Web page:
The Asian Development Bank’s (ADBs) operations – comprising loan approvals and grants, technical assistance, and cofinancing – reached an all-time high of US$ 27.15 billion in 2015, an increase of about 19 per cent over the $22.89 billion in 2014, according to provisional figures released today.
The ADBs approvals of loans and grants, sovereign (government) and nonsovereign (primarily private sector), reached a record $16.58 billion, a 23 per cent increase from 2014. Technical assistance amounted to $144 million and cofinancing increased by 13 per cent to a record $10.43 billion in 2015.
Out of the $16.58 billion, sovereign loan and grant approvals increased by 21 per cent to $13.95 billion in 2015, while nonsovereign approvals leap from $1.92 billion in 2014 to $2.63 billion in 2015, an increase of 36.98 per cent.
In addition to a volume increase the ADB also increased its allocation to the poorest countries to 40 per cent of nonsovereign approvals. To expedite small nonsovereign transactions ADB introduced a fast-track approval process and is now also making active use of local currency lending to the private sector and increased bond issuances in local currencies to support the lending. Unless loans and grants are disbursed they will have no impact on development.
In 2015 total disbursements of loans and grants reached a record $12.34 billion, an increase of 21 per cent over the previous year (see Table 2 in Related links).
ADB president Takehiko Nakao said, “Our record performance last year reflected strong and growing demand from the Asian and Pacific region. Infrastructure and other development needs are huge and poverty remains pervasive despite the region’s robust growth performance.”
To help meet the increased demand for its operations the ADBs Board of Governors last year unanimously endorsed the merger of ADB’s concessional Asian Development Fund and its market-based ordinary capital resource balance sheet.
With this path-breaking reform ADB’s financing capacity (annual approvals of loans and grants) will dramatically increase by up to $20 billion by 2020. ADB is well on track to achieve this scaling up.
ADB’s 2015 Operational Highlights
Among ADB’s operational highlights last year were the quick response to natural disasters, especially the Nepal earthquake in April and the Vanuatu cyclone in March; and support for necessary fiscal measures of countries suffering from lower commodity prices and volatility in financial markets, such as Kazakhstan and Mongolia.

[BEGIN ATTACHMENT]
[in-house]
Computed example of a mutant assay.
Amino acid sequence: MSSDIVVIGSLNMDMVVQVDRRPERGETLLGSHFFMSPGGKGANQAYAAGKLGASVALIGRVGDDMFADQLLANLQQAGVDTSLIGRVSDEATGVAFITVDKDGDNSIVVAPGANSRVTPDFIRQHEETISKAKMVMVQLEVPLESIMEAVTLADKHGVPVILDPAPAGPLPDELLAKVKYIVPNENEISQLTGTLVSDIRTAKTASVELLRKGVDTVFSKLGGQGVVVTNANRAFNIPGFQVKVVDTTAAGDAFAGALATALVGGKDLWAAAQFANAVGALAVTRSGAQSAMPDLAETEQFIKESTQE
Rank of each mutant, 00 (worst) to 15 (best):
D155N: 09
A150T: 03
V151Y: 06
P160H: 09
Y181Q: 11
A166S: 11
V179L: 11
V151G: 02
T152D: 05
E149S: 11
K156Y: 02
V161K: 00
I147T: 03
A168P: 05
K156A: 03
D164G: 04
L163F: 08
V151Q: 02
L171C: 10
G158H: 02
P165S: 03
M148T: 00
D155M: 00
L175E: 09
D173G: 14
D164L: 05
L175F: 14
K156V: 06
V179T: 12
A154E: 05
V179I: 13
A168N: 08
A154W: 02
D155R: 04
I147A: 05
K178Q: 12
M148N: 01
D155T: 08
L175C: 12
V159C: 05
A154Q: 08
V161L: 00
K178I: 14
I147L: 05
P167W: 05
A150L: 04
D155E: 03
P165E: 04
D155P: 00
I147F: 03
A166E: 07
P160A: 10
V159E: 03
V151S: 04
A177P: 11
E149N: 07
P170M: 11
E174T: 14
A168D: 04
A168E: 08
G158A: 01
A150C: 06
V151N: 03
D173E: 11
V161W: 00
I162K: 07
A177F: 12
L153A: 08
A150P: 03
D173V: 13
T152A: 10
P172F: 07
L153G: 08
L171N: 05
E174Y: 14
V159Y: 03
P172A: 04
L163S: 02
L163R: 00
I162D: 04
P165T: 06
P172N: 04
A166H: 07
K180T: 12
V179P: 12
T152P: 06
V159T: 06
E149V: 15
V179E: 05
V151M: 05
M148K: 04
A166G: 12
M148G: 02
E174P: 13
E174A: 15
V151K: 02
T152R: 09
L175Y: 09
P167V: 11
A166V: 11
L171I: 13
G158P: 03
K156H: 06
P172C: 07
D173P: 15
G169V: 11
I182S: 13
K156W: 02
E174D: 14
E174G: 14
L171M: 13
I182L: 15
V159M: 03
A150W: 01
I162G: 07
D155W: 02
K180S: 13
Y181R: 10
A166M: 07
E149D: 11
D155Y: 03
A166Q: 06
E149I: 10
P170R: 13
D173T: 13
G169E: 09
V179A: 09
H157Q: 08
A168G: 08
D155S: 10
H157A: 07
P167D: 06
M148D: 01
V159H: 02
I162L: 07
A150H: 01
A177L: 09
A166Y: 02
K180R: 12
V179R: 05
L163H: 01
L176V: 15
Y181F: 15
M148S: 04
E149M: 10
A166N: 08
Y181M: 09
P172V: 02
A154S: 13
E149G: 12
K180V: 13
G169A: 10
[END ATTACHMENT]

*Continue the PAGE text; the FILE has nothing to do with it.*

In 2015, ADB was among the first multilateral development banks to commit a sizable climate finance target. In late September, ADB announced it would double its annual climate financing to $6 billion by 2020, up from the current $3 billion. To support its climate work ADB issued its first green bond. ADB approved its first policy-based loan in the People’s Republic of China to improve air quality in the Beijing-Tianjin-Hebei area.
In order to help effectively mobilise financial resources and management skills from the private sector for infrastructure development the ADB established an Office of Public-Private Partnership (PPP). This office offered active transaction advisory services for PPP projects in the region, such as the North-South Railway project in the Philippines.
ADB made further progress in streamlining procedures for country programing, project processing, and procurement. One example was the introduction of tailor-made procurement procedures specifically for small Pacific Island countries. The ADB has been providing greater resources and delegating more authority to its 31 field offices to improve its responsiveness on the ground.
Last year the ADB operationalised seven sector groups such as energy and transport, and eight thematic groups such as governance and gender, which work across operations departments. This will strengthen the ADB’s knowledge services and provide innovative solutions to client countries.
“As we approach our 50th anniversary this year, we are committed to scaling up our operations, and achieving poverty reduction and sustainable development in the region”, Mr. Nakao said. “We will be a stronger, better, and faster bank by deepening our partnerships with member countries, other international financial institutions, and civil society.”
This Article was first published by the Asian Development Bank (ADB) and is used here with its permission.
- ADB to work with China-backed AIIB: Nakao (Manila Bulletin)
- ADB sees greater economic losses from climate change (The Nation)
- Asian Development Bank (ADB) (Economy Watch)
In 2014, ADB assistance totaled $22.9 billion, including cofinancing of $9.2 billion.
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